Review: Aesthetica Short Film Festival, day two

11 Nov 2013 @ 10.04 pm
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The booze is discovered in Gin And Dry
The booze is discovered in Gin And Dry

Ian ColeIan J Cole overcomes locked gates and freezing rooms to discover more fascinating short films

I returned to the 1331 cinema for comedy screening 3. This I’m afraid was a mixed bag.

First up was Gin And Dry by Oscar Plewes, a tail of booze rationing at a retirement home where residents go in search of a late night Christmas drink. This gentle film is amusing in places with just the right amount of pathos.

Ian’s rating: ★★★


This wasn’t that case with Angelina Colom’s Pregnant which is too cutesy for its own good. The whole film hangs on a fantastic performance by Reece Lister as Ben as the five-year-old boy who decides he wants to become pregnant like him mum.

Ian’s rating: ★★

Next was the really nice, well written and directed: No Messages from Cian McGarrigle. This film manages to develop characters very quickly that were likeable and I cared about, The film cost 3,000 euros to make and the money was raised by crowd funding – it’s definitely worth seeing.

Ian’s rating: ★★★★

The fourth film in this screening was the longest at just under 27 minutes, which was a shame because I won’t get that time back. Welcome and… our Condolences by Leon Prudovsky is a daft movie about a dead auntie and being stuck in an immigration centre in Israel. Not funny. OK – I smiled once.

Ian’s rating: ★


Last was Loot by Greg Rom, a South African comic drama about an unarmed man conducting a bank robbery with a twist. It’s a great story that manages to blur reality and fantasy together in a very inventive way.

Ian’s rating: ★★★★

Meet The Filmmakers

After spending the afternoon out of town I managed to get back for the Meet The Filmmakers event at The Yorkshire Museum – only after parking in the Marygate car park to the rear of Museum Gardens I found the gates locked. By the time I walked round to the front I was very late.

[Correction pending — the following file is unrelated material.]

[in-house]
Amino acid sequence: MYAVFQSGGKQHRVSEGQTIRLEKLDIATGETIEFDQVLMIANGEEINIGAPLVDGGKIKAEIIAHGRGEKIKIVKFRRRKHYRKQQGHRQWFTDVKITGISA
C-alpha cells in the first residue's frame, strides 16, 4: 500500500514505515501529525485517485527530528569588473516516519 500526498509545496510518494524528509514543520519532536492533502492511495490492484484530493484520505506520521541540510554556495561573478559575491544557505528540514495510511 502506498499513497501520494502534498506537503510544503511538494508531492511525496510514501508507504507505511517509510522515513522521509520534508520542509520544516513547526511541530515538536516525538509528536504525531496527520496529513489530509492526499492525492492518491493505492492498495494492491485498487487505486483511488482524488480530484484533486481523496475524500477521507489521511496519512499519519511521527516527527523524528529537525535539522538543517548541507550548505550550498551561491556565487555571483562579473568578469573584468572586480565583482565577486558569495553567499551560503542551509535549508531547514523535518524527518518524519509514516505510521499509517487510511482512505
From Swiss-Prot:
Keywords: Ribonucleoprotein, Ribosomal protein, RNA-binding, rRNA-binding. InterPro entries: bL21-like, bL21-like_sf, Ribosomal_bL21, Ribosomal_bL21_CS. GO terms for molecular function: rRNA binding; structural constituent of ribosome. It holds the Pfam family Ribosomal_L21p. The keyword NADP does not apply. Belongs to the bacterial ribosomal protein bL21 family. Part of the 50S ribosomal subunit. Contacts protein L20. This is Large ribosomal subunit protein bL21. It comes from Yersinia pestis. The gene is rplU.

Once I arrived at the main entrance to the Gardens I was accosted by a very jobs-worth night watchman type who informed me that the park was closed and seemed reluctant to let me in so I could attend the event.

God know what this says to the visitors who come from all over the world to attend ASFF (nice one York council).

We had five films to view. The first was Anniversary by Curt Apduhan. This is a fantastic movie about a married couple who plan to spice up their 10th anniversary by hiring an exotic dancer to perform for them. It took Curt eight years to develop and it shows. It’s made with a love of love and care. Curt has spent decades working in Hollywood as a cinematographer and came across in the panel discussion as a lovely guy and for his directorial debut it’s brilliant.

Ian’s rating: ★★★★


The second film was Konnnichiwa Brick Lane by Saera Jin and is described as a romantic comedy about a Japanese girl losing love and finding a new love in a day, all happening on a multicultural urban London street, Brick Lane. The main actress Yurriri Naka is fantastic but all of the men lack direction and seem like caricatures which is a shame.

Ian’s rating: ★★

Next was a very surreal film from Prano Bailey-Bond, Man Vs Sand. Now I love challenging surreal art but I didn’t get this at all, it seemed to me to be a cross between Kafka and David Lynch but lacking something that just left me confused.

Ian’s rating: ★

Next was the best film I’d seen so far at the festival: Fifty People One Question by Kamil Krolak. A brilliant documentary that I’m not going to spoil by telling you what the question is. See this film, as it must be a contender for best film of the festival.

Ian’s rating: ★★★★★

Last up was Fran Petersson’s pop video for Laura Jean – Mechanical Friends. I don’t really know why this is here. Fran does a good job but it’s a pop video for a very average song. Fran was very engaging in the panel discussion and I’d like to see some of her other work because she is clearly passionate about filmmaking and I think she’s better than this offering.

Ian’s rating: ★★

The panel discussion was very entertaining and gave real insight into how these filmmakers went about their craft. My only niggle was that the Yorkshire Museum was absolutely freezing and most of us sat there with coats on – maybe this was connected to the park being closed…